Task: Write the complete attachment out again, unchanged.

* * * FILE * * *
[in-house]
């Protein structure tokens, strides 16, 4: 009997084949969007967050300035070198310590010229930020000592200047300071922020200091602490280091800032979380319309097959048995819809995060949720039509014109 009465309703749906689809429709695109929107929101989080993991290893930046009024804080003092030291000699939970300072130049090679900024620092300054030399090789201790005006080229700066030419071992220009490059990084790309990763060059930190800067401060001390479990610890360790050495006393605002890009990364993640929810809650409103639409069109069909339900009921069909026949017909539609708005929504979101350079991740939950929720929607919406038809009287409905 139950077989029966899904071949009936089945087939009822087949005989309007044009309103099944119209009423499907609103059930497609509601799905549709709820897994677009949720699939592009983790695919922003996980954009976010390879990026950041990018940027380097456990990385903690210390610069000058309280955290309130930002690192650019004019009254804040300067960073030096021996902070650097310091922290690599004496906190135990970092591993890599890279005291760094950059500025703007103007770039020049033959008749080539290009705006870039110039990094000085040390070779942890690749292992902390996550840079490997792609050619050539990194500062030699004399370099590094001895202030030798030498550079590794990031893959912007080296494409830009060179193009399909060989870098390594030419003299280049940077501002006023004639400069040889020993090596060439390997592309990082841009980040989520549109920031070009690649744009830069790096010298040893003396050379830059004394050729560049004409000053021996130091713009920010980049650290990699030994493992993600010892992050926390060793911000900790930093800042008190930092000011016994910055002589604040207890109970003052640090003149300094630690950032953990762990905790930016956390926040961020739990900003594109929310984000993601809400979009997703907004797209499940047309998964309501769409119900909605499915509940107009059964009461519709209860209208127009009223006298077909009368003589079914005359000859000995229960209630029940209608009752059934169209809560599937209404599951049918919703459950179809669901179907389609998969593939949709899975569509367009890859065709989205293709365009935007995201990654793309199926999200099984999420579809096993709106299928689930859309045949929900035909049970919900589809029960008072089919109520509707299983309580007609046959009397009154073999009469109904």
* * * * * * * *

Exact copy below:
[in-house]
């Protein structure tokens, strides 16, 4: 009997084949969007967050300035070198310590010229930020000592200047300071922020200091602490280091800032979380319309097959048995819809995060949720039509014109 009465309703749906689809429709695109929107929101989080993991290893930046009024804080003092030291000699939970300072130049090679900024620092300054030399090789201790005006080229700066030419071992220009490059990084790309990763060059930190800067401060001390479990610890360790050495006393605002890009990364993640929810809650409103639409069109069909339900009921069909026949017909539609708005929504979101350079991740939950929720929607919406038809009287409905 139950077989029966899904071949009936089945087939009822087949005989309007044009309103099944119209009423499907609103059930497609509601799905549709709820897994677009949720699939592009983790695919922003996980954009976010390879990026950041990018940027380097456990990385903690210390610069000058309280955290309130930002690192650019004019009254804040300067960073030096021996902070650097310091922290690599004496906190135990970092591993890599890279005291760094950059500025703007103007770039020049033959008749080539290009705006870039110039990094000085040390070779942890690749292992902390996550840079490997792609050619050539990194500062030699004399370099590094001895202030030798030498550079590794990031893959912007080296494409830009060179193009399909060989870098390594030419003299280049940077501002006023004639400069040889020993090596060439390997592309990082841009980040989520549109920031070009690649744009830069790096010298040893003396050379830059004394050729560049004409000053021996130091713009920010980049650290990699030994493992993600010892992050926390060793911000900790930093800042008190930092000011016994910055002589604040207890109970003052640090003149300094630690950032953990762990905790930016956390926040961020739990900003594109929310984000993601809400979009997703907004797209499940047309998964309501769409119900909605499915509940107009059964009461519709209860209208127009009223006298077909009368003589079914005359000859000995229960209630029940209608009752059934169209809560599937209404599951049918919703459950179809669901179907389609998969593939949709899975569509367009890859065709989205293709365009935007995201990654793309199926999200099984999420579809096993709106299928689930859309045949929900035909049970919900589809029960008072089919109520509707299983309580007609046959009397009154073999009469109904």